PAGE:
Home » Metro/Health » Local elder keeps Black history alive in SC hometown

Minnesota Spokesman-Recorder
Originally posted 12/1/2010

In the February 25, 2010 MSR Black History Month Supplement article “Rosa Bogar: securing a legacy for the future,” local elder Bogar recalled having to “sneak through the back door…at Hotel Eutaw,” in her hometown of Orangeburg, South Carolina. Once the largest building in that city’s downtown, Hotel Eutaw employed African Americans in housekeeping and other jobs, but African Americans were not allowed to stay in the hotel as guests during the Jim Crow era. One of those African American employees was Bogar’s grandmother.

The building is now a dormitory of Claflin University, and thanks to Bogar’s efforts (partly documented in the Black History Month Supplement article) a ceremony recognizing the “colored workers” of Hotel Eutaw was held this past April at a local church. Also, a plaque honoring the workers was placed at Gethsemane Baptist Church, where the ceremony took place. Bogar was present at the ceremony, where she was honored for initiating the commemoration.

Two days later, Bogar visited with students at Orangeburg-Wilkinson High School. During the Jim Crow era, there were two high schools: Orangeburg for the White students and Wilkinson for the Black students.

In 1970, the student body of Wilkinson was moved to Orangeburg High and the school was renamed Orangeburg-Wilkinson. The Wilkinson High School building is now Robert E. Howard Middle School, named after a Wilkinson principal who spearheaded school desegregation in Orangeburg.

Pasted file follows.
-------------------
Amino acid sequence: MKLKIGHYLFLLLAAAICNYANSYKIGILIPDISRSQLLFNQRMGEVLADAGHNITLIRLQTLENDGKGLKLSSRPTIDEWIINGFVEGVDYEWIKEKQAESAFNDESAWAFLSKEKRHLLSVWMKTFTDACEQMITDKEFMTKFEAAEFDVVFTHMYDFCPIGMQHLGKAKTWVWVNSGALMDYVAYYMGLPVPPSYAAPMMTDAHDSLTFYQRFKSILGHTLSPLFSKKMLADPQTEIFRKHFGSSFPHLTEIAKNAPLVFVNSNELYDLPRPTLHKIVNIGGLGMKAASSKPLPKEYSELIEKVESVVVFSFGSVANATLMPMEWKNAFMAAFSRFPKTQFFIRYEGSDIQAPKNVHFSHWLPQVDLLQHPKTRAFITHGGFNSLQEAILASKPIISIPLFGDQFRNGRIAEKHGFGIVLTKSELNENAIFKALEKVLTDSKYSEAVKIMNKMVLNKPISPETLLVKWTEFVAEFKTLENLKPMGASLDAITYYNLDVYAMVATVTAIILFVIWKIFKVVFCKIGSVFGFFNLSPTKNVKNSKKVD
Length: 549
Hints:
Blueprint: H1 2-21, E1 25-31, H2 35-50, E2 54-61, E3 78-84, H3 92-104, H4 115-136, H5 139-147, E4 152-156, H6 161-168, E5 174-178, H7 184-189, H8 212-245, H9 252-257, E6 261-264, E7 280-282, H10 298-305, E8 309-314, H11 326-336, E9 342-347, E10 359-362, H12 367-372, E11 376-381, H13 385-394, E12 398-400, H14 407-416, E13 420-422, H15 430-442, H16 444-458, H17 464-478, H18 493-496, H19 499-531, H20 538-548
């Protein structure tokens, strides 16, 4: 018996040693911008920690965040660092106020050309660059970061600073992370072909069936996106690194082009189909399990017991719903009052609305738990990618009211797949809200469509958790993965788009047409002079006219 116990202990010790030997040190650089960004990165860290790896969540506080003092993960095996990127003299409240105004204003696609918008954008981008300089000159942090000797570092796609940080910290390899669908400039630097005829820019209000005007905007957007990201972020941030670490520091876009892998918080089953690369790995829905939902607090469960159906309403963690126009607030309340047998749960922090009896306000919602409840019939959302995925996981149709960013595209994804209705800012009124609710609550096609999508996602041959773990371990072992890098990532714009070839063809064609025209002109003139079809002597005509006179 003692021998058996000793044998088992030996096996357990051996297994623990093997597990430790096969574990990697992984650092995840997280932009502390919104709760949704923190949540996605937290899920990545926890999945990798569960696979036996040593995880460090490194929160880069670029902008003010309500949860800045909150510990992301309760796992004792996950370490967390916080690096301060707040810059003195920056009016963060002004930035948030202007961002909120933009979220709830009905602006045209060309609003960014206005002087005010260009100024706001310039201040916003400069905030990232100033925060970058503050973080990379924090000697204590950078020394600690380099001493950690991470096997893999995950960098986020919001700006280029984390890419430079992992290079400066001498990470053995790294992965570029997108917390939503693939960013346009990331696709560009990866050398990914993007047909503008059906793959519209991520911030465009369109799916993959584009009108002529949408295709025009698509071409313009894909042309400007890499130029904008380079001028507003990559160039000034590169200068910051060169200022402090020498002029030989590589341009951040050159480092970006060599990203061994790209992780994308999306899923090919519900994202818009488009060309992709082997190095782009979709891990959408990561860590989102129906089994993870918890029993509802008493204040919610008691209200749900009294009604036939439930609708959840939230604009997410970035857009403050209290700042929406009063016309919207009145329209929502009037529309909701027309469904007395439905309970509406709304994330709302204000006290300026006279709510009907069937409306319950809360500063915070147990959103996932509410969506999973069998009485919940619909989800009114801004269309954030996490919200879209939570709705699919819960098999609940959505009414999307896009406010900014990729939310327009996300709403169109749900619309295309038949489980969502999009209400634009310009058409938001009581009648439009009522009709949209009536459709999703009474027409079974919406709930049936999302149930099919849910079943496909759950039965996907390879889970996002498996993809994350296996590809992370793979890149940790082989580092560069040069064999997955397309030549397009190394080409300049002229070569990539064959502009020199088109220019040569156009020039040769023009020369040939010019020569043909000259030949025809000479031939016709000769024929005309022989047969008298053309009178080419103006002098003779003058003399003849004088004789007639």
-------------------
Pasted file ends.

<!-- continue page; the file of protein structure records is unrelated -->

“Many do not know how this school became [Orangeburg-Wilkinson],” Bogar says, “and how the Black educators fought to put [the] Wilkinson [name] on the school… Today this school is almost all Black students.”

In August, Orangeburg made the national news when a woman was charged with murder in connection with the deaths of her two toddler sons. Bogar wrote a memorial poem for the children:

God’s Heavenly Garden
For Ja’van T. and Devean C. Duley
You blossom into our World!
But, never reaching full bloom
Your beauty taken away
Far, far too soon!
You are now in God’s Heavenly Garden
Your beauty now shines from above
Here on earth — Ja’van and Devean
You are sadly missed and loved!

One Response to “Local elder keeps Black history alive in SC hometown”

  1. Rosa Bogar November 16, 2012

    I would like to share much more about this story! One thing is that I was not given a plaque from Orangeburg, I was showing the plaque that I purchased to be presented to the “Colored Workers” of Hotel Eutaw during the Jim Crow area. The ceremony took place that April without a promised plaque. I came back home and had a plaque made,then had it presented in June. I was not able to afford another trip to Orangeburg for this presentation. It was presented and housed at the church where the April’s ceremony took place. I wish to return soon and share with the community the importance of this plaque. It is also “in the spirit of Juneteenth” Thanks for this space to share TRUTH! Rosa Mavins Bogar

    Reply

Leave a Reply

Tell us what you think! Leave a comment below.